Defying Malpractices is a Social Responsibility
|Alice Poon||Jun 20, 2008|
It has been reported that the Hong Kong SAR government has finally slapped a lawsuit on the Wharf Group for its alleged breach of a deed of dedication in connection with making unauthorized profit from public open space usage at Times Square.
For the background information and my earlier comments about the issue, please read my previous blogpost titled “The Public Open Space Conundrum”.
As one barrister pointed out, the fact that government is taking action after silently permitting Wharf’s action for 16 years would present itself as a good defense. However, as I pointed out in my previous blogpost, the spirit of the deed, which should imply that the open space is for the public’s benefit and enjoyment and as such, should not be treated as commercial space from which to derive profit, would be a crucial moot point. Besides, by entering into the deed of dedication, Wharf presumably acknowledged it had received full consideration for the public space dedication, which was additional buildable floor area. I must admit I’m no legal expert, but am basing my judgment on common sense.
It would be interesting to see how this case eventually ends, as it will set an important precedent for numerous other cases where developers blatantly contravene terms and conditions set out in deeds of dedication of public open space or in land leases.
Another eye-catching case is of course Sun Hung Kai Properties’ Ma Wan residential development (Park Island) where Phase 1 of a public theme park was supposed to have been completed by the end of this year (having already been extended from June 2006) but one-third of whose facilities has been delayed for at least two years, and where Phase 2 actually lacks a definite date of completion (please see LegCo Q & A).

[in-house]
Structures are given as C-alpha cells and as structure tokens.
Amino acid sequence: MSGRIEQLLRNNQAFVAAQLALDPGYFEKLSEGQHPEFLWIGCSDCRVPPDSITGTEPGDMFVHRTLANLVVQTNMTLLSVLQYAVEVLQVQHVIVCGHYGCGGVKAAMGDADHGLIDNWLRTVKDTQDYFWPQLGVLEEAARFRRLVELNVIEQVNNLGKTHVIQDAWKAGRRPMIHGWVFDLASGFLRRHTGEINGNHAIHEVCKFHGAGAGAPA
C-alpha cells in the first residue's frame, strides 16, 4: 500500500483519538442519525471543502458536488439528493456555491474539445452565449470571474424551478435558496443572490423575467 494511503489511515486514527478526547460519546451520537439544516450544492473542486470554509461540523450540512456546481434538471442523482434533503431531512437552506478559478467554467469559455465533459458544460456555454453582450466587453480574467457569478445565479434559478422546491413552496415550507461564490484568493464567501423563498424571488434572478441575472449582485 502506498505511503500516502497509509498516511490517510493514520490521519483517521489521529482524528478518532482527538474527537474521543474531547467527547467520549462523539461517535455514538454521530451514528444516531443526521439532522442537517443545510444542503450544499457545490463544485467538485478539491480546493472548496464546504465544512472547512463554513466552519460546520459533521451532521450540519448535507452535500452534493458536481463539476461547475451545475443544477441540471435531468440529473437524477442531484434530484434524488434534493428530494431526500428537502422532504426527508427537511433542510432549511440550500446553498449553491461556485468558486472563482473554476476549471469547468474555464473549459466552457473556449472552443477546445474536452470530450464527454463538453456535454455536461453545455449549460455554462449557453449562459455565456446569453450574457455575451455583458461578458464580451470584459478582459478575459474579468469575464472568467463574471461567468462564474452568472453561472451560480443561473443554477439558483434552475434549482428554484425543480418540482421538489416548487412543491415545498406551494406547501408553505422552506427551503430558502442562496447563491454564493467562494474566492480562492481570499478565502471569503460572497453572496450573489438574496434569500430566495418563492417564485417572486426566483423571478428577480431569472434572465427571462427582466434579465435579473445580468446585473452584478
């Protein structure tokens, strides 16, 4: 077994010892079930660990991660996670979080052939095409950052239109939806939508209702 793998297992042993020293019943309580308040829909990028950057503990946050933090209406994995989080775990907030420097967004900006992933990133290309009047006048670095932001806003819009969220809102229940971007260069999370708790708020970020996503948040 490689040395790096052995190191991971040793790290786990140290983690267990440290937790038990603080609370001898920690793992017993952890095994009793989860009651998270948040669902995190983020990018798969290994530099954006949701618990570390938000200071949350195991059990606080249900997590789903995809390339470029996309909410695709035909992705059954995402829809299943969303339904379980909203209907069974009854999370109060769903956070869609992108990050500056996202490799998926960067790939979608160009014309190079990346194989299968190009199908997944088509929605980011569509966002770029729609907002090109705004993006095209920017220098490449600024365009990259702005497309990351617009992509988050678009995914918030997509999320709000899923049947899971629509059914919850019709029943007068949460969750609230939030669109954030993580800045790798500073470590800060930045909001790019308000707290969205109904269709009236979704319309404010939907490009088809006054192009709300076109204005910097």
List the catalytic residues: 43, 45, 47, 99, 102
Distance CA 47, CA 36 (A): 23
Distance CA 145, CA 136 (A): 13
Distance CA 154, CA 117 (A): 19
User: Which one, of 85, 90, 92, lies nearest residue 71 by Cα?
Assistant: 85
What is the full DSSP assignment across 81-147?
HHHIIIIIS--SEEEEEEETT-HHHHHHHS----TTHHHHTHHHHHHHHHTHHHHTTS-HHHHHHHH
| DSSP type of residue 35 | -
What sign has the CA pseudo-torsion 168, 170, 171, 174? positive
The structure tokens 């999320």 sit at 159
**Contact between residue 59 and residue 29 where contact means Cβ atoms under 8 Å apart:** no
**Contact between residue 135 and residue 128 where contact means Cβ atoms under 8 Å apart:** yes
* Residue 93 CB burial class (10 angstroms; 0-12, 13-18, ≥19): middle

It would also be interesting to see how government, if it comes out as the winner on the Times Square case, will deal with other similar cases and what it will do to plug up contractual loopholes in land leases where they concern public open space/public facilities within private developments.
No matter what the final outcome is, we should be pleased that at least the government is finally trying to right a wrong. Better late than never. And I have a hunch that much owes to Carrie Lam’s (Secretary for Development) initiatives in the Times Square case.
Another piece of news concerning the real estate industry is about kickbacks in property transactions and the conviction and sentencing to jail of three former Centaline Property Agency staff and one former Li & Fung (Trading) general manager for involvement in giving and receiving kickbacks. Hopefully, this will act as a deterrent to other would-be offenders.
According to the news article, Centaline chairman Shih Wing-ching urged the ICAC (Independent Commission Against Corruption) to pay more attention to the real estate industry. Bravo, Mr. Shih! There certainly is a need for more Hong Kongers to speak out against malpractices in the industry, even if it may sometimes be against one’s own interests. This is called social responsibility.